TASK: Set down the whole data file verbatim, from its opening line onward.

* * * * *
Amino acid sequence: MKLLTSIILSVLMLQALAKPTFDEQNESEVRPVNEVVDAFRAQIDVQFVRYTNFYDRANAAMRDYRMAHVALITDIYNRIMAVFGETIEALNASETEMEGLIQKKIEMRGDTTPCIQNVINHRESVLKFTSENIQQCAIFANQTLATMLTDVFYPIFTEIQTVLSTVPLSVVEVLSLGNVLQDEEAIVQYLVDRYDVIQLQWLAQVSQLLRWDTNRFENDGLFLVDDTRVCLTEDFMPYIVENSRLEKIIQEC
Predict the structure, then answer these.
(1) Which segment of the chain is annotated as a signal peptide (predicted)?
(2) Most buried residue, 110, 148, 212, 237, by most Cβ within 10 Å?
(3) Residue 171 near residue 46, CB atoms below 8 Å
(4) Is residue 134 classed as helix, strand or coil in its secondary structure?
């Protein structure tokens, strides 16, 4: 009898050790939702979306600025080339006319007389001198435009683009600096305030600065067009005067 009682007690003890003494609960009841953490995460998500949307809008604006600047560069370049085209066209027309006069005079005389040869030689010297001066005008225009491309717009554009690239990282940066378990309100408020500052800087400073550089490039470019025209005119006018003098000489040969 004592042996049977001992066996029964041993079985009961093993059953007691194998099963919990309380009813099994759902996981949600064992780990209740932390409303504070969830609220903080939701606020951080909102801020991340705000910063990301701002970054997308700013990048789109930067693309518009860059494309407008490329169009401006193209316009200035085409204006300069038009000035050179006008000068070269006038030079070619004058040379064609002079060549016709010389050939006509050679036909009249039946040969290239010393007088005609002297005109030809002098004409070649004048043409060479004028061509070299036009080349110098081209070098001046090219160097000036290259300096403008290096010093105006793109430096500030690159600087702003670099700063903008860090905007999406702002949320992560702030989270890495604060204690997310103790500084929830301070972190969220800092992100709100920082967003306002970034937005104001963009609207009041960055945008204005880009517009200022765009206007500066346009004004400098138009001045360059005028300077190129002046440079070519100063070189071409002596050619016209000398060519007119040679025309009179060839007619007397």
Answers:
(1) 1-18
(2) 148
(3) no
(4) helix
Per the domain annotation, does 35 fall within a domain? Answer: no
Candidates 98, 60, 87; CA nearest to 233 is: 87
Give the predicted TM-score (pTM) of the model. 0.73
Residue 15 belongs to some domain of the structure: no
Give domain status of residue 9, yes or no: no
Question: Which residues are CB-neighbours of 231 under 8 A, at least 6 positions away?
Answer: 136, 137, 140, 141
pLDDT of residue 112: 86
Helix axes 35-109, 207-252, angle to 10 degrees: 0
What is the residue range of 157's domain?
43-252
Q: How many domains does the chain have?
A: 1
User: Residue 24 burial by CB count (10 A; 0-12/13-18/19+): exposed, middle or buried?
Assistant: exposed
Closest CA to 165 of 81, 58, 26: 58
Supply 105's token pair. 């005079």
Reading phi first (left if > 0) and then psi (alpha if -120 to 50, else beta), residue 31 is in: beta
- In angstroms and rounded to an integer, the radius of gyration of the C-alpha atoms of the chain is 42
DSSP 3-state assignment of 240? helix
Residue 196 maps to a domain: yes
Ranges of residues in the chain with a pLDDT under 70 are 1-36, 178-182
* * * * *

Amino acid sequence: MKLLTSIILSVLMLQALAKPTFDEQNESEVRPVNEVVDAFRAQIDVQFVRYTNFYDRANAAMRDYRMAHVALITDIYNRIMAVFGETIEALNASETEMEGLIQKKIEMRGDTTPCIQNVINHRESVLKFTSENIQQCAIFANQTLATMLTDVFYPIFTEIQTVLSTVPLSVVEVLSLGNVLQDEEAIVQYLVDRYDVIQLQWLAQVSQLLRWDTNRFENDGLFLVDDTRVCLTEDFMPYIVENSRLEKIIQEC
Predict the structure, then answer these.
(1) Which segment of the chain is annotated as a signal peptide (predicted)?
(2) Most buried residue, 110, 148, 212, 237, by most Cβ within 10 Å?
(3) Residue 171 near residue 46, CB atoms below 8 Å
(4) Is residue 134 classed as helix, strand or coil in its secondary structure?
């Protein structure tokens, strides 16, 4: 009898050790939702979306600025080339006319007389001198435009683009600096305030600065067009005067 009682007690003890003494609960009841953490995460998500949307809008604006600047560069370049085209066209027309006069005079005389040869030689010297001066005008225009491309717009554009690239990282940066378990309100408020500052800087400073550089490039470019025209005119006018003098000489040969 004592042996049977001992066996029964041993079985009961093993059953007691194998099963919990309380009813099994759902996981949600064992780990209740932390409303504070969830609220903080939701606020951080909102801020991340705000910063990301701002970054997308700013990048789109930067693309518009860059494309407008490329169009401006193209316009200035085409204006300069038009000035050179006008000068070269006038030079070619004058040379064609002079060549016709010389050939006509050679036909009249039946040969290239010393007088005609002297005109030809002098004409070649004048043409060479004028061509070299036009080349110098081209070098001046090219160097000036290259300096403008290096010093105006793109430096500030690159600087702003670099700063903008860090905007999406702002949320992560702030989270890495604060204690997310103790500084929830301070972190969220800092992100709100920082967003306002970034937005104001963009609207009041960055945008204005880009517009200022765009206007500066346009004004400098138009001045360059005028300077190129002046440079070519100063070189071409002596050619016209000398060519007119040679025309009179060839007619007397």
Answers:
(1) 1-18
(2) 148
(3) no
(4) helix
Per the domain annotation, does 35 fall within a domain? Answer: no
Candidates 98, 60, 87; CA nearest to 233 is: 87
Give the predicted TM-score (pTM) of the model. 0.73
Residue 15 belongs to some domain of the structure: no
Give domain status of residue 9, yes or no: no
Question: Which residues are CB-neighbours of 231 under 8 A, at least 6 positions away?
Answer: 136, 137, 140, 141
pLDDT of residue 112: 86
Helix axes 35-109, 207-252, angle to 10 degrees: 0
What is the residue range of 157's domain?
43-252
Q: How many domains does the chain have?
A: 1
User: Residue 24 burial by CB count (10 A; 0-12/13-18/19+): exposed, middle or buried?
Assistant: exposed
Closest CA to 165 of 81, 58, 26: 58
Supply 105's token pair. 């005079």
Reading phi first (left if > 0) and then psi (alpha if -120 to 50, else beta), residue 31 is in: beta
- In angstroms and rounded to an integer, the radius of gyration of the C-alpha atoms of the chain is 42
DSSP 3-state assignment of 240? helix
Residue 196 maps to a domain: yes
Ranges of residues in the chain with a pLDDT under 70 are 1-36, 178-182